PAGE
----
- Cover the pan again. If the lid has a curve on its underside, invert the lid and pour a couple of teaspoons of water into the curve. This addition of water heightens the steaming effect as the eggs poach under the lid. Remember to keep the temperature very low.
- Peek at the eggs after 3 minutes, and if they are almost set, serve.
Preparation Time: 20 minutes
Cooking Time: 6 hours (including freezing time)
A simple but delicious recipe for Kulfi (Indian ice cream).
- 1 12-ounce can evaporated milk
- 1 14-ounce can full-fat sweetened condensed milk
- 1 cup heavy whipping cream
- 1 tsp of ground cardamom
- 1/4 cup unsalted pistachio nuts, ground
- Stir all ingredients together in a large bowl.
- Pour into popsicle molds or 4-ounce ceramic bowls or ramekins. Freeze until set.
- Remove from ramekins or popsicle holders, running a little water over the ramekin base or popsicle holder if needed. Serve sliced on plates with a spoon.
Falooda (or Widows’ Punch)
Preparation Time: 30 minutes
Difficulty: Moderate, as it takes some time to make the ingredients
The Parsis who migrated from Iran introduced this sweet concoction, although it’s very popular in Muslim homes and restaurants, too. There are many recipes for falooda using different fruits, and some modern ones use flavored Jell-o cubes as an addition! Another good idea is fresh or frozen strawberries or raspberries. Make sure you have tall, wide glasses to best fit this sweet treat that is a combination of sundae and milkshake.
- 3/4 cup milk, whole or 2%
- 2 tablespoons rose syrup (or substitute Rose’s Grenadine)
- 1 teaspoon tukmaria seeds (also known as sabja or basil seeds, sold in South Asian groceries), soaked in 1/4 cup water for 20-30 minutes in the refrigerator. They will expand and bloom.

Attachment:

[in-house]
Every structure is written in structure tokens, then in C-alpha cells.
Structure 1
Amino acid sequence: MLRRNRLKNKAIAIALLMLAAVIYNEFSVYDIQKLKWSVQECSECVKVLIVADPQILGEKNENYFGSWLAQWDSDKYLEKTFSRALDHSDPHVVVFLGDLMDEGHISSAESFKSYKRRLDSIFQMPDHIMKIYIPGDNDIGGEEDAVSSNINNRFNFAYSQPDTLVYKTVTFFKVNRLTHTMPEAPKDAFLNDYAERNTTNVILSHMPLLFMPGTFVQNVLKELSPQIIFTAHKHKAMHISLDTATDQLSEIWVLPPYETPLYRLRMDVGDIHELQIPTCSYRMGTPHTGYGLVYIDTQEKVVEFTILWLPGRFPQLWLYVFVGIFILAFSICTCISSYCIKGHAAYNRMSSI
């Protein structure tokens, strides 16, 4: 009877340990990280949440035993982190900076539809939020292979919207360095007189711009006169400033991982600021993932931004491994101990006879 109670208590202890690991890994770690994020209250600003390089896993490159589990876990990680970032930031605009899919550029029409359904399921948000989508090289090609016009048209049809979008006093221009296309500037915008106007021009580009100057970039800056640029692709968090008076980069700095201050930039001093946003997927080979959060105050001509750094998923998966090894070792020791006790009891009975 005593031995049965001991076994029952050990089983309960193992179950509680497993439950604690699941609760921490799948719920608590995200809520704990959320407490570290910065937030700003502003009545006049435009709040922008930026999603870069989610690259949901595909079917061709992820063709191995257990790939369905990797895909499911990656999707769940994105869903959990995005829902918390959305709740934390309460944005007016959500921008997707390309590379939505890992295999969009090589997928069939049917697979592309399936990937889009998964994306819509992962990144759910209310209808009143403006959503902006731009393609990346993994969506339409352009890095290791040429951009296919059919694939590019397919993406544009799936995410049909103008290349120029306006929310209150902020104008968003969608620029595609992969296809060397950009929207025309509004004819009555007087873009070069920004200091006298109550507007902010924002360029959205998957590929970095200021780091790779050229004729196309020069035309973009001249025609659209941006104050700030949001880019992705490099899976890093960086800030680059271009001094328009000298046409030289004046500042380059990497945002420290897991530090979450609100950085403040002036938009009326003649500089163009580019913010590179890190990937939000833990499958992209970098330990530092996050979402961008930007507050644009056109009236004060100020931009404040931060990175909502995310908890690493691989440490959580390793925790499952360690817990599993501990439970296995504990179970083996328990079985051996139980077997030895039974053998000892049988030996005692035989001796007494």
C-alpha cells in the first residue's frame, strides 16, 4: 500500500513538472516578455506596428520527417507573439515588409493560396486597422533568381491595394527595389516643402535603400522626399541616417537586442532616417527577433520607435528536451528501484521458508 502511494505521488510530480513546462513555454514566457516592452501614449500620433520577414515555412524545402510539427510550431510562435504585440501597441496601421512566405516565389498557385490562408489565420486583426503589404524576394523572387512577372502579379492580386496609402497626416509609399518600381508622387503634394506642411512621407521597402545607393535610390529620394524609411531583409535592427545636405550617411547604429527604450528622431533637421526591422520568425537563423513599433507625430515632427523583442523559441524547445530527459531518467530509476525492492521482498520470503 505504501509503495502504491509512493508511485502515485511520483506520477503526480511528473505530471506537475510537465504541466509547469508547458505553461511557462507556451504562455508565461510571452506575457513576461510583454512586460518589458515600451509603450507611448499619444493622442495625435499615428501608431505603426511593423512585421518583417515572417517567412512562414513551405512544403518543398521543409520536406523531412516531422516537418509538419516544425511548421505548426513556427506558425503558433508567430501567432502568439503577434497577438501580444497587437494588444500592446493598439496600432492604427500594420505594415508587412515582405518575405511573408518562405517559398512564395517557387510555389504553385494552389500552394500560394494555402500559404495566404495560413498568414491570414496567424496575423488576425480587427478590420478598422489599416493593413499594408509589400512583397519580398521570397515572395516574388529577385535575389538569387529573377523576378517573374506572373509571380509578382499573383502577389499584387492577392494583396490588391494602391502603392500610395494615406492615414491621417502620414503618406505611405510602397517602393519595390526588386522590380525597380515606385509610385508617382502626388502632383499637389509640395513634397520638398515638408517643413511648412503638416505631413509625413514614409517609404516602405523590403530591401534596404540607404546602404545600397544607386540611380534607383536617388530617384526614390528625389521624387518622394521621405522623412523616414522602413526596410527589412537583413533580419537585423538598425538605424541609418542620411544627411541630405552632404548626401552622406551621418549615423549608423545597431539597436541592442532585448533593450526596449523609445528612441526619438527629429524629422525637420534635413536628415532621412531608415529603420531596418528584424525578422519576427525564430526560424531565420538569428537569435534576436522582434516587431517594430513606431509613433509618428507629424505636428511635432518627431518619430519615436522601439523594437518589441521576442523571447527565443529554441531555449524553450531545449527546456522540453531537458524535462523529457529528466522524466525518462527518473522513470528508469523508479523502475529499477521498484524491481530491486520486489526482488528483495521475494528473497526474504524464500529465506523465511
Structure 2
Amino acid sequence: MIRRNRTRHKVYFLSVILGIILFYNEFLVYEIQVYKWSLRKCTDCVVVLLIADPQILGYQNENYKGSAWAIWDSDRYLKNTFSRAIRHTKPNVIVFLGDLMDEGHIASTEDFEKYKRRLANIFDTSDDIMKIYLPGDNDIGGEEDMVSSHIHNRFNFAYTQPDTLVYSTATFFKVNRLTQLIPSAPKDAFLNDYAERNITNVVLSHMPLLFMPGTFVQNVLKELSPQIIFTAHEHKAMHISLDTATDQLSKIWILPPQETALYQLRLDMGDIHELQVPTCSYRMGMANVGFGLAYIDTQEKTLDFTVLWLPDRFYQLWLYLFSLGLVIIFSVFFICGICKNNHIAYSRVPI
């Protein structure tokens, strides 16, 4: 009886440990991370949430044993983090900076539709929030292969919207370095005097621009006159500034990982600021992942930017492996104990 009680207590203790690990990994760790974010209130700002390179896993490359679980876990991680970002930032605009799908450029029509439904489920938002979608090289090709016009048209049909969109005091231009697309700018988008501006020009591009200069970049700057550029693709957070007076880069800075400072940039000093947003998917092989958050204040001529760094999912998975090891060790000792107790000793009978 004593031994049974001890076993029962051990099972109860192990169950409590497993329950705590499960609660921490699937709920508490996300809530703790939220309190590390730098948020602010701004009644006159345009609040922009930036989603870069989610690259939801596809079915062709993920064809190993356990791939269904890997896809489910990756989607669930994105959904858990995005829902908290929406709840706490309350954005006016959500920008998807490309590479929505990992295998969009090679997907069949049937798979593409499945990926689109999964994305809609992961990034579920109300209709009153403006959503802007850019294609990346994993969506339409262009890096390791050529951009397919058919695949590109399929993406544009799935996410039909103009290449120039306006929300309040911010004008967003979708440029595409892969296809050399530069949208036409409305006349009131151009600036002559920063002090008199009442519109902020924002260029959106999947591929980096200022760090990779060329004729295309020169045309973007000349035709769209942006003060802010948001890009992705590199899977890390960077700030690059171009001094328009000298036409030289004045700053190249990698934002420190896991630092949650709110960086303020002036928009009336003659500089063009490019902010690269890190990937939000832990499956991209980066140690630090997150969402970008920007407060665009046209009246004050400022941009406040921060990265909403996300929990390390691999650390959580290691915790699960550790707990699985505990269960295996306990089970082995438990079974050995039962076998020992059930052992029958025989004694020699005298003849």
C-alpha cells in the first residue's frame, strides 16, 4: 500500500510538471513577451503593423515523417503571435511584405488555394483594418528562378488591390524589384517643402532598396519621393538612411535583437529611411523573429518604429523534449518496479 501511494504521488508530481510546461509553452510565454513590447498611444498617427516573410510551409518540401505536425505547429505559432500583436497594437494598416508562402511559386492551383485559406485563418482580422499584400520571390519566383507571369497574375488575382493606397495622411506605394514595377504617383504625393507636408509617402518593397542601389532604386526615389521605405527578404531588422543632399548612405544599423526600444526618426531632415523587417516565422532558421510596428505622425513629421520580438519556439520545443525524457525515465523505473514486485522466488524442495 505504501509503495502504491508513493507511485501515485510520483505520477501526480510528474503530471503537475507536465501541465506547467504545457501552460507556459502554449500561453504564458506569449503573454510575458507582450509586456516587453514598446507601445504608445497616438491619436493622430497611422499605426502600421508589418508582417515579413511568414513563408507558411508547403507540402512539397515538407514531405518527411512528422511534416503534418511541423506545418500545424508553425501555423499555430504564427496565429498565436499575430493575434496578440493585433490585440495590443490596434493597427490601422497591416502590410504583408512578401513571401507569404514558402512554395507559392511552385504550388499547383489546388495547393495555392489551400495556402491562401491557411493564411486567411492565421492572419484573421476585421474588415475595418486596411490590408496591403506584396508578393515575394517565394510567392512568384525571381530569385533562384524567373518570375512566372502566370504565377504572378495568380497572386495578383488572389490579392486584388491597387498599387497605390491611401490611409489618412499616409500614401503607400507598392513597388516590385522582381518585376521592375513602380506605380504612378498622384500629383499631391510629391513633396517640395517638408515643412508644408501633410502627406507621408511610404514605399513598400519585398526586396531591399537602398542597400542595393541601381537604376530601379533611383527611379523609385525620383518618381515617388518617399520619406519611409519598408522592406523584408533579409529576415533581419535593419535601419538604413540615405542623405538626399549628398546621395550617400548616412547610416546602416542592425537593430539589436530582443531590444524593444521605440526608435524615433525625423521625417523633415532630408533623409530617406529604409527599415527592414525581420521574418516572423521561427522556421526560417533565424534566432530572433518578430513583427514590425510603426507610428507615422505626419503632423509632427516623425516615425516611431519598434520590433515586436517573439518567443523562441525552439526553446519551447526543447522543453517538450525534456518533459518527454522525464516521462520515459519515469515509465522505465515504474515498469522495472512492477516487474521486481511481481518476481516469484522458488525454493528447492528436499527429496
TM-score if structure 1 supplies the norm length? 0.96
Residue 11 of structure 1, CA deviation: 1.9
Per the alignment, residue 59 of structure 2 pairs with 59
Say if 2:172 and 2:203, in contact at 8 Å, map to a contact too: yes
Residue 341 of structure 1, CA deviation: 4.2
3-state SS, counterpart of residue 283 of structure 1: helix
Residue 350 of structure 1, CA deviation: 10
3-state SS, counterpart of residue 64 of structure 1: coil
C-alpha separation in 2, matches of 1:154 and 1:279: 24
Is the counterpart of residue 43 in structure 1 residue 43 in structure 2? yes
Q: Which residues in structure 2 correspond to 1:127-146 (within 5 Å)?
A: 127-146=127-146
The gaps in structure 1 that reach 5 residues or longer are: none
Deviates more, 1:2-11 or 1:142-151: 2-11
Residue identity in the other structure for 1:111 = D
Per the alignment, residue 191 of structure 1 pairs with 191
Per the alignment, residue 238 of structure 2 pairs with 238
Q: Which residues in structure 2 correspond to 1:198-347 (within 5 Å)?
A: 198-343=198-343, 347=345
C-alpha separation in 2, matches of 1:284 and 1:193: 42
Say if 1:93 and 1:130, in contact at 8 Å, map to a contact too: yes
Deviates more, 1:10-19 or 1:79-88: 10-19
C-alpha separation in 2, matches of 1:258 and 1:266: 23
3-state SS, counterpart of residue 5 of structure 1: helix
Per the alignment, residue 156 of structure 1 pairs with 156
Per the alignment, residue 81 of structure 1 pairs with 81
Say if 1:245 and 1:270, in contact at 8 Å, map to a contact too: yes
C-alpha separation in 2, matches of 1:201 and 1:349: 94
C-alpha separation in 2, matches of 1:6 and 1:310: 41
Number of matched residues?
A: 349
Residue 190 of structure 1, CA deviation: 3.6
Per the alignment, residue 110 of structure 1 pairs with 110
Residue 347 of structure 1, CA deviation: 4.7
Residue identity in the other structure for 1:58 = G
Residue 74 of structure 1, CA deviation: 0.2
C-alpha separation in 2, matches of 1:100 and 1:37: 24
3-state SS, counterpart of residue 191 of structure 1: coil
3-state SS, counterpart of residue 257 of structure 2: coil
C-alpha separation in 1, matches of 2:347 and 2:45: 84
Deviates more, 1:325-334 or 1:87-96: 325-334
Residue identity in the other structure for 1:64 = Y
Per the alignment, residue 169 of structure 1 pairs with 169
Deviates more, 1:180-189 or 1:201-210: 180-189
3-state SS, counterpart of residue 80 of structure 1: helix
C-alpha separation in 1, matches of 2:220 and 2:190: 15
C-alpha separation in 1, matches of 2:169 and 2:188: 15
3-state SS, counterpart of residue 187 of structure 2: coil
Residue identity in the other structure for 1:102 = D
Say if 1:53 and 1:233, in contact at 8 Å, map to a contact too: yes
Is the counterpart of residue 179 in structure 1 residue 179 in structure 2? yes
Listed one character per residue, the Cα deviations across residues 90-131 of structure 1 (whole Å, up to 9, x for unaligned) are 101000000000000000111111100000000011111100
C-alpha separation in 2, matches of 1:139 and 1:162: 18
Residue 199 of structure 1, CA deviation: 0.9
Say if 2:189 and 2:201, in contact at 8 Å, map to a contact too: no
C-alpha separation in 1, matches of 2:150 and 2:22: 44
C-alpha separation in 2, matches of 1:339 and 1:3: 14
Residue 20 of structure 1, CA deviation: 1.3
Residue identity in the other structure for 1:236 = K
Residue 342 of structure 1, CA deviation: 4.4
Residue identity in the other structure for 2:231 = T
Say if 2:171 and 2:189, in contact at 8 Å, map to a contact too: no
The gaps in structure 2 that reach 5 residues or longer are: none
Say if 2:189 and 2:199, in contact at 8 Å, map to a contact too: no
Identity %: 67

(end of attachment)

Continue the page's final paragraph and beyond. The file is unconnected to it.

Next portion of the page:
- 2 tablespoons broken-up falooda sev noodles (cornflower vermicelli—you can substitute super-fine semolina or wheat vermicelli)
- 1 teaspoon chopped pistachios
- 1 teaspoon sliced almonds
- Vanilla ice cream, 1-2 scoops
- 1 Maraschino cherry for garnish (optional)
- Chill tall glass (about 24-ounce capacity) in the refrigerator at least half an hour.
- Add 1 tablespoon of the rose syrup to the milk and mix together. Refrigerate.
- Add the broken vermicelli to a saucepan with boiling water. Boil for 3 minutes or according to package directions. Drain and rinse with cold water; set aside.
- Begin to assemble the drink. At bottom of glass, pour in a generous tablespoon of rose
- Add the bloomed tukmaria seeds.
- Layer the cooked cold vermicelli on top.
- Pour in the milk, and then add 1 or 2 scoops of vanilla ice cream.
- Drizzle more rose syrup on top of ice cream.
- Top with chopped nuts and a maraschino cherry.
- Serve immediately or the ice cream will melt and overflow.
Perveen’s Gin-Lime Drink
Preparation time: 5 minutes
The British drank tonic water to fight malaria infection, so gin and tonic was a very popular drink. Most Indians don’t drink alcohol, but they enjoy nimbu-pani, a fresh limeade, either salty or sweet, made with bubbly or still water. Spiking a glass of sweet nimbu-pani with gin creates an Anglo-Indian drink that is refreshing on the veranda.
- 2 ounces freshly squeezed lime juice
- 1 ounce simple syrup or maple syrup
- 2 ounces good-quality dry gin
- club soda or seltzer
- Mix lime juice, syrup, and gin inside a highball glass.
- Slowly pour in club soda to fill glass a few inches from top.
- Add an ice cube or two and a slice of lime.